Monday, June 28, 2021

Decluttering: All the Usual Suspects

cat in a box from Amazon Photo entitled Muffin 9 by Flickr user George Boyce, licensed under Creative Commons

After years of helping people with their decluttering, I’ve noticed certain categories of things show up time and again. So I grin when I see the same categories of stuff coming up in tweets, in a BuzzFeed article, and on other online sites.

New Yorker magazines

Friends, because of a twirling daughter/juice mishap, my pile of unread “New Yorker”s that I was totally going to read one of these days (nb I have not had a subscription for years) has had to be discarded. Please respect my privacy in this difficult time. — Daniel Summers, MD
I wish the New Yorker offered “every other issue subscriptions”, because every issue is too many and I just end up throwing them out. — Chuck B.
The New Yorker is filled with interesting articles — and as Chuck notes, it comes every darn week. If you’ve got a big pile of these (as so many people do) you may want to emulate Chuck in recognizing these just aren’t going to get read and putting them in the recycling bin.

Also, if you’re OK with reading things online, consider shifting to a digital-only subscription (which is my personal solution).


Pretty sure I have every box of every Apple product my family has owned dating back at least a decade - even ones for devices I no longer own. Planning on starting a museum one day. — Seth Mnookin
Do You Or Somebody You Know Suffer From KYAPBFTL (Keeping Your Apple Product Boxes For Too Long?) — Samir Mezrahi on BuzzFeed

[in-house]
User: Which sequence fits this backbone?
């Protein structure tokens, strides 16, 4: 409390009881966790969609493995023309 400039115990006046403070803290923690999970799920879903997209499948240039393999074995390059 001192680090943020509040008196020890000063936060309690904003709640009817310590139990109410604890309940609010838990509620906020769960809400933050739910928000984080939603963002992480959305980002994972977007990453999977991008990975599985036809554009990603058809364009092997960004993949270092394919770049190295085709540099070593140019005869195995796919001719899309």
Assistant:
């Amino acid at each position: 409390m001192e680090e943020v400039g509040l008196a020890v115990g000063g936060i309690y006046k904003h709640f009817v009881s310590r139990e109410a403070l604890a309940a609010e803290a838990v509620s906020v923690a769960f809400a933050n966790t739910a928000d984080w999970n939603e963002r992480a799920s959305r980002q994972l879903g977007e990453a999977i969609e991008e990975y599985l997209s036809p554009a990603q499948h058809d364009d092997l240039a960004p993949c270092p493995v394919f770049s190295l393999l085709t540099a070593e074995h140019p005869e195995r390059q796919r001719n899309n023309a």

Some Apple boxes are worth keeping, of course. Boxes for currently-owned iMacs and cinema displays are useful if you’re going to be moving or if you might need to take the product in for repair. But what purpose do the other boxes serve?

And it’s not just Apple boxes. You may have a truly good purpose for saving certain boxes: for a move, for the cat, for planned mailings to friends and family, etc. But be sure you know why you’re saving those boxes! Also, make sure the ones you save are in good condition — and not so flimsy that they're useless.

Cables, Cords and Keys

The contents of my house appear to be 95% cords to things I don’t have anymore. — Susan Orlean
Ben has his box of random cords to go through, I have my stash of random keys. So far I know what exactly 2 of these are for. — cat
The boxes of unidentified, long-unused cables and cords and the collection of unidentified, long-unused keys are decluttering clichés. You'll also plenty of posts from folks saying they actually wound up using something from the cord box (or could have used something they tossed).

But for many of us, those cords are never ever going to get used. The ones that say Samsung when you no longer own anything made by Samsung (feel free to replace Samsung with your brand name of choice) might be the easiest to part with.

Too Many of the Same Thing (and some much better than others)

What mundane object have you weirdly acquired too many of, personally or as a household? For me, it’s black cotton hoodies and for the household, nail clippers.— Erika Hall
“Where is the good knife?” If you’re looking for your good X, you have bad Xs. Throw those out. — from 100 Tips For a Better Life, on LessWrong
If you store things (such as nail clippers) in multiple places, sometimes for good reason, it’s easy to lose track of how many you have. For example, I know someone who will never again need to buy Scotch Magic Tape.

And it’s easy to fall into the habit of keeping the bad X just in case the good X breaks, gets lost, etc. In some cases that might be a reasonable choice, but in many cases it would serve us better to just get rid of the bad X (and perhaps buy a second good X if it’s an essential item and replacing it might be difficult or excessively time-consuming). One good X vs. bad X example in my own household was flashlights; the bad ones are gone now, so I have only good ones at hand every place I might need one.

Things We “Might Need Someday”